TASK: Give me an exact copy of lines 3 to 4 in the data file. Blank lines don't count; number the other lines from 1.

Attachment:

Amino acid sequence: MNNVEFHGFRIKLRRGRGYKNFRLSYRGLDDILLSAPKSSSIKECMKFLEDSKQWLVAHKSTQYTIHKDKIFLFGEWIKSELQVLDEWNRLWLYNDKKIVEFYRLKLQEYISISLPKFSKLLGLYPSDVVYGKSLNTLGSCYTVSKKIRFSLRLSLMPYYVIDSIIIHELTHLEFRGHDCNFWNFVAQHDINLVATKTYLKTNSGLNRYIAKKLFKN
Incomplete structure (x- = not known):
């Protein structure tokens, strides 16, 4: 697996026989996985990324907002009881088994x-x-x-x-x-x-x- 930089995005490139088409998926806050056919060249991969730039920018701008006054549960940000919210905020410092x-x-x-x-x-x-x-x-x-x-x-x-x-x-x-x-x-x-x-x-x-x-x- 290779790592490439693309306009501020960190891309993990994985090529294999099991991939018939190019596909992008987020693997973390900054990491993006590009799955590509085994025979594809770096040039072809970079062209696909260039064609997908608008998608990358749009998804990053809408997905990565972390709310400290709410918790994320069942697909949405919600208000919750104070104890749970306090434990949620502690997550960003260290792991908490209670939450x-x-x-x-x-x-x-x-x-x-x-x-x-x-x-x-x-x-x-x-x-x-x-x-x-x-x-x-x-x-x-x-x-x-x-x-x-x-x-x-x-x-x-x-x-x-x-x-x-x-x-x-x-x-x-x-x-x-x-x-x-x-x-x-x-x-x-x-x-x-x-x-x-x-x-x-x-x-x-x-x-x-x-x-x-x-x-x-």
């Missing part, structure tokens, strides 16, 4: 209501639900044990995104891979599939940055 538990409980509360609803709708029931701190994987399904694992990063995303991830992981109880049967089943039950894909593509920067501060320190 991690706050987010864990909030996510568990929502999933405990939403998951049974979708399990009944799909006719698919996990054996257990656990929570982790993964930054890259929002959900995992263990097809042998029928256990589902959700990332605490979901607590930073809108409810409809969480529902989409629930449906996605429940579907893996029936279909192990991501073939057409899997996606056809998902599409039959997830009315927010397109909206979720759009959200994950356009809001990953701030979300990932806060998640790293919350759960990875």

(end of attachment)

């Protein structure tokens, strides 16, 4: 697996026989996985990324907002009881088994x-x-x-x-x-x-x- 930089995005490139088409998926806050056919060249991969730039920018701008006054549960940000919210905020410092x-x-x-x-x-x-x-x-x-x-x-x-x-x-x-x-x-x-x-x-x-x-x- 290779790592490439693309306009501020960190891309993990994985090529294999099991991939018939190019596909992008987020693997973390900054990491993006590009799955590509085994025979594809770096040039072809970079062209696909260039064609997908608008998608990358749009998804990053809408997905990565972390709310400290709410918790994320069942697909949405919600208000919750104070104890749970306090434990949620502690997550960003260290792991908490209670939450x-x-x-x-x-x-x-x-x-x-x-x-x-x-x-x-x-x-x-x-x-x-x-x-x-x-x-x-x-x-x-x-x-x-x-x-x-x-x-x-x-x-x-x-x-x-x-x-x-x-x-x-x-x-x-x-x-x-x-x-x-x-x-x-x-x-x-x-x-x-x-x-x-x-x-x-x-x-x-x-x-x-x-x-x-x-x-x-």
């Missing part, structure tokens, strides 16, 4: 209501639900044990995104891979599939940055 538990409980509360609803709708029931701190994987399904694992990063995303991830992981109880049967089943039950894909593509920067501060320190 991690706050987010864990909030996510568990929502999933405990939403998951049974979708399990009944799909006719698919996990054996257990656990929570982790993964930054890259929002959900995992263990097809042998029928256990589902959700990332605490979901607590930073809108409810409809969480529902989409629930449906996605429940579907893996029936279909192990991501073939057409899997996606056809998902599409039959997830009315927010397109909206979720759009959200994950356009809001990953701030979300990932806060998640790293919350759960990875």